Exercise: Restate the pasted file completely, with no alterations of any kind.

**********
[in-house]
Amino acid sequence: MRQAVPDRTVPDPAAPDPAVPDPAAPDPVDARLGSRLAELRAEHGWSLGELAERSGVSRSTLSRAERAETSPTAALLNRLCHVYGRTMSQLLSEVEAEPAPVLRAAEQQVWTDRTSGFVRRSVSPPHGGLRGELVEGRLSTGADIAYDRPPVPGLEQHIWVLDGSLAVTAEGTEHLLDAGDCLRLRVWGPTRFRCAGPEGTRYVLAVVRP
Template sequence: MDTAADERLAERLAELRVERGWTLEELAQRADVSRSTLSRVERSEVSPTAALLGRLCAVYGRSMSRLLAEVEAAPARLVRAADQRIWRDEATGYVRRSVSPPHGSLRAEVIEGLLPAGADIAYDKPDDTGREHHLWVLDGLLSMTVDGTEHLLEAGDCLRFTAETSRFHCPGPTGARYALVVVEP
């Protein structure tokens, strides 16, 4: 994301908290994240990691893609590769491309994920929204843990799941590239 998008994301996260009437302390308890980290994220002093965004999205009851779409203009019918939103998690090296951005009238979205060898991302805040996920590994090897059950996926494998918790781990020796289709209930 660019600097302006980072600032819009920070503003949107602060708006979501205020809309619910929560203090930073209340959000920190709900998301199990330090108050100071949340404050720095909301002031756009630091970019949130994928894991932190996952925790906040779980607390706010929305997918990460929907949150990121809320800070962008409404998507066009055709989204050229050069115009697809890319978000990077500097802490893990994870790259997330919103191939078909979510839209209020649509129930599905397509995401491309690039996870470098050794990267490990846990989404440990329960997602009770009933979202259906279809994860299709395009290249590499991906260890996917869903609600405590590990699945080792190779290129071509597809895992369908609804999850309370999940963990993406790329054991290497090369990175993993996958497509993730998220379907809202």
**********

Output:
[in-house]
Amino acid sequence: MRQAVPDRTVPDPAAPDPAVPDPAAPDPVDARLGSRLAELRAEHGWSLGELAERSGVSRSTLSRAERAETSPTAALLNRLCHVYGRTMSQLLSEVEAEPAPVLRAAEQQVWTDRTSGFVRRSVSPPHGGLRGELVEGRLSTGADIAYDRPPVPGLEQHIWVLDGSLAVTAEGTEHLLDAGDCLRLRVWGPTRFRCAGPEGTRYVLAVVRP
Template sequence: MDTAADERLAERLAELRVERGWTLEELAQRADVSRSTLSRVERSEVSPTAALLGRLCAVYGRSMSRLLAEVEAAPARLVRAADQRIWRDEATGYVRRSVSPPHGSLRAEVIEGLLPAGADIAYDKPDDTGREHHLWVLDGLLSMTVDGTEHLLEAGDCLRFTAETSRFHCPGPTGARYALVVVEP
């Protein structure tokens, strides 16, 4: 994301908290994240990691893609590769491309994920929204843990799941590239 998008994301996260009437302390308890980290994220002093965004999205009851779409203009019918939103998690090296951005009238979205060898991302805040996920590994090897059950996926494998918790781990020796289709209930 660019600097302006980072600032819009920070503003949107602060708006979501205020809309619910929560203090930073209340959000920190709900998301199990330090108050100071949340404050720095909301002031756009630091970019949130994928894991932190996952925790906040779980607390706010929305997918990460929907949150990121809320800070962008409404998507066009055709989204050229050069115009697809890319978000990077500097802490893990994870790259997330919103191939078909979510839209209020649509129930599905397509995401491309690039996870470098050794990267490990846990989404440990329960997602009770009933979202259906279809994860299709395009290249590499991906260890996917869903609600405590590990699945080792190779290129071509597809895992369908609804999850309370999940963990993406790329054991290497090369990175993993996958497509993730998220379907809202």